The post that describes how the apple was made is here. Basically, it consists of a 1/8" piece of hardboard covered with quilted fabric. How hard could it be to make it into a clock?
Clock parts are readily available in craft stores. While they come with a plain set of hands, this fork and knife pair was irresistible for a kitchen clock. The only hard part would be to drill a hole in the hardboard large enough to fit the gold threaded shaft through. This one is 1/4" long.
So, after marking a good position for the hands and making an entry hole in the fabric with an Xacto knife, I started to drill. In nanoseconds something strange gripped the bit. I switched the drill into reverse and backed it out.
It appeared to be a batting volcano. It’s hard to see in the photo how big it was, but it was a large, hard lump that bulged up under the fabric at least an inch. Where did this thing come from? It was too huge to be a few wisps of the stitched quilt batting. Slowly a memory surfaced... wasn’t there an an extra layer or two of loose batting under there, meant to plump up the apple? Oops. Clearly, it had to be removed somehow. Tweezers? Too wimpy. Only pliers had the gripping power to perform the needed surgery. 1,2,3, pull!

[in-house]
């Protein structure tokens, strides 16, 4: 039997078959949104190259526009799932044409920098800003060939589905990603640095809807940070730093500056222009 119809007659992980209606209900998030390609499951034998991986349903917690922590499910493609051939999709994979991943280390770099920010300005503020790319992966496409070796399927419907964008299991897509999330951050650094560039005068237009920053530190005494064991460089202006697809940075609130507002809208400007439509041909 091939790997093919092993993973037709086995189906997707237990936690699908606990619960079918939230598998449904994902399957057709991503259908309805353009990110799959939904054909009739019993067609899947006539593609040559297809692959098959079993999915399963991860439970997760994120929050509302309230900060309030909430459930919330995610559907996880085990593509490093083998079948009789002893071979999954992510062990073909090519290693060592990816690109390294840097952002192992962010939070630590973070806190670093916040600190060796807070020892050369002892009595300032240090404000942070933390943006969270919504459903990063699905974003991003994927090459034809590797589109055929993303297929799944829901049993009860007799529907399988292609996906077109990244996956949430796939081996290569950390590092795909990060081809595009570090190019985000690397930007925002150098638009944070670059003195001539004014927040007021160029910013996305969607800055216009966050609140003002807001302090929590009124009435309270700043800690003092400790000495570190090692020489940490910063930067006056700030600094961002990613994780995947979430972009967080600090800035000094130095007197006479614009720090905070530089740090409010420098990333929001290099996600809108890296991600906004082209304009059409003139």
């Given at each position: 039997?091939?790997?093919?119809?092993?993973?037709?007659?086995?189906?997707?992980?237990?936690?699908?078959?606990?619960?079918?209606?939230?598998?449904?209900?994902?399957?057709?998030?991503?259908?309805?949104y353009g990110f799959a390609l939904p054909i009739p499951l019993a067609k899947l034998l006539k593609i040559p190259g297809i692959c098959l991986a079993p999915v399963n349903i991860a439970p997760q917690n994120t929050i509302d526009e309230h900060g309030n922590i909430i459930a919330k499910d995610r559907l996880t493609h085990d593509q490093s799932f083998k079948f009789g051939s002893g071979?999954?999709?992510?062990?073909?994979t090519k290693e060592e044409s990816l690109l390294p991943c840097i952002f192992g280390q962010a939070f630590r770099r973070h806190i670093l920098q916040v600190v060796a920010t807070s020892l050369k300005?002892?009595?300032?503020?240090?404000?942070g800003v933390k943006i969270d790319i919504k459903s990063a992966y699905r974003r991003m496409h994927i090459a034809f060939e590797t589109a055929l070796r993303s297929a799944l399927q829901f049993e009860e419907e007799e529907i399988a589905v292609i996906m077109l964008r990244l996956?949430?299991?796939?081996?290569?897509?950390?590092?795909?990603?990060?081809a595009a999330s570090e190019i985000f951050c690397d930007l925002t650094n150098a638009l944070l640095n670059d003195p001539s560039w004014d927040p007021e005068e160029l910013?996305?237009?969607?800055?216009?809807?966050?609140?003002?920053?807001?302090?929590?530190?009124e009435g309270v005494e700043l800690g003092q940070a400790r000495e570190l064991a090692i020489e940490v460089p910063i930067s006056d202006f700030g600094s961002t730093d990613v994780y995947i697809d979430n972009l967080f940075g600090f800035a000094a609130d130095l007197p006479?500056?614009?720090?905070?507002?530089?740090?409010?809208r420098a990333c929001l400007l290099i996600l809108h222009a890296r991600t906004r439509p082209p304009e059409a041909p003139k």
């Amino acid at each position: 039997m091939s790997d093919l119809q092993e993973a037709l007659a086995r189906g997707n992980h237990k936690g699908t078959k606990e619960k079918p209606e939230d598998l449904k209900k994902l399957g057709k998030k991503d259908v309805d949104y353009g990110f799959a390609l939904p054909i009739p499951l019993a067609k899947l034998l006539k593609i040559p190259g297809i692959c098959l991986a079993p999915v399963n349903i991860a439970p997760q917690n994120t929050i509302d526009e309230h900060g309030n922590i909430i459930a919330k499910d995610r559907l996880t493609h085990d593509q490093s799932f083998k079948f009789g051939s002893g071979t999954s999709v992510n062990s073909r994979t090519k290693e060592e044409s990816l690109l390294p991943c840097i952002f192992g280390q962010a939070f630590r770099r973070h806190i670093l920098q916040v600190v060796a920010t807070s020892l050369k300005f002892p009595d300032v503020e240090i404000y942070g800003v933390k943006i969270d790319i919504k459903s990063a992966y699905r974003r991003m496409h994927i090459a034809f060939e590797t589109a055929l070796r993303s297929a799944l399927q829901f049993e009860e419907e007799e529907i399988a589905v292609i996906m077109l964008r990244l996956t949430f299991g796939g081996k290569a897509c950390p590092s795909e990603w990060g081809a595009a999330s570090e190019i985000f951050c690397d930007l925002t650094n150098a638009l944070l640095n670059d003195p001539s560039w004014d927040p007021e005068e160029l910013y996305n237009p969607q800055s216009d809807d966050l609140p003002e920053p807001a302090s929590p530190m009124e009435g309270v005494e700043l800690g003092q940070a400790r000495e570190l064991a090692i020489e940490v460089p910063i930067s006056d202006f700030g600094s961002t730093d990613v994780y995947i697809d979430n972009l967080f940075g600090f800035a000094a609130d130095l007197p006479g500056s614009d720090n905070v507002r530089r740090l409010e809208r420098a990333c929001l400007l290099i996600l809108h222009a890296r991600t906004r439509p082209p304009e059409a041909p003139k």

This is what came out. It was some fluffy synthetic batting that I wouldn’t normally quilt with, so had been trying to use up. Oh well!
As you can see, the battingectomy left quite a large tear in the fabric. Hey, at least the shaft fit through the hole in the hardboard (after putting a larger bit in the drill.) Now I only had to figure out a way to patch this mess.
The patch is a donut of fusible-backed fabric. It seems to blend in well enough; nobody’s going to look that closely. After attaching various pieces I could fit the very delicate clock hands on it and finish this project.
Oops, again. Because the shaft is only 1/4" long, the clock hands were hitting the puffy quilted surface. What to do...? Delicate being the operative word, I gently bent the clock hands upwards so they wouldn’t hit the clock or each other.
It’s about time this thing was operational! Any lessons?
• Drill the hole in the wood first.
• Don’t drill loose batting.
• Buy a longer clock shaft in the future.
• Even though this project ticked me off at times, it was worth it in the end.
• Time flies when you’re crafting puns.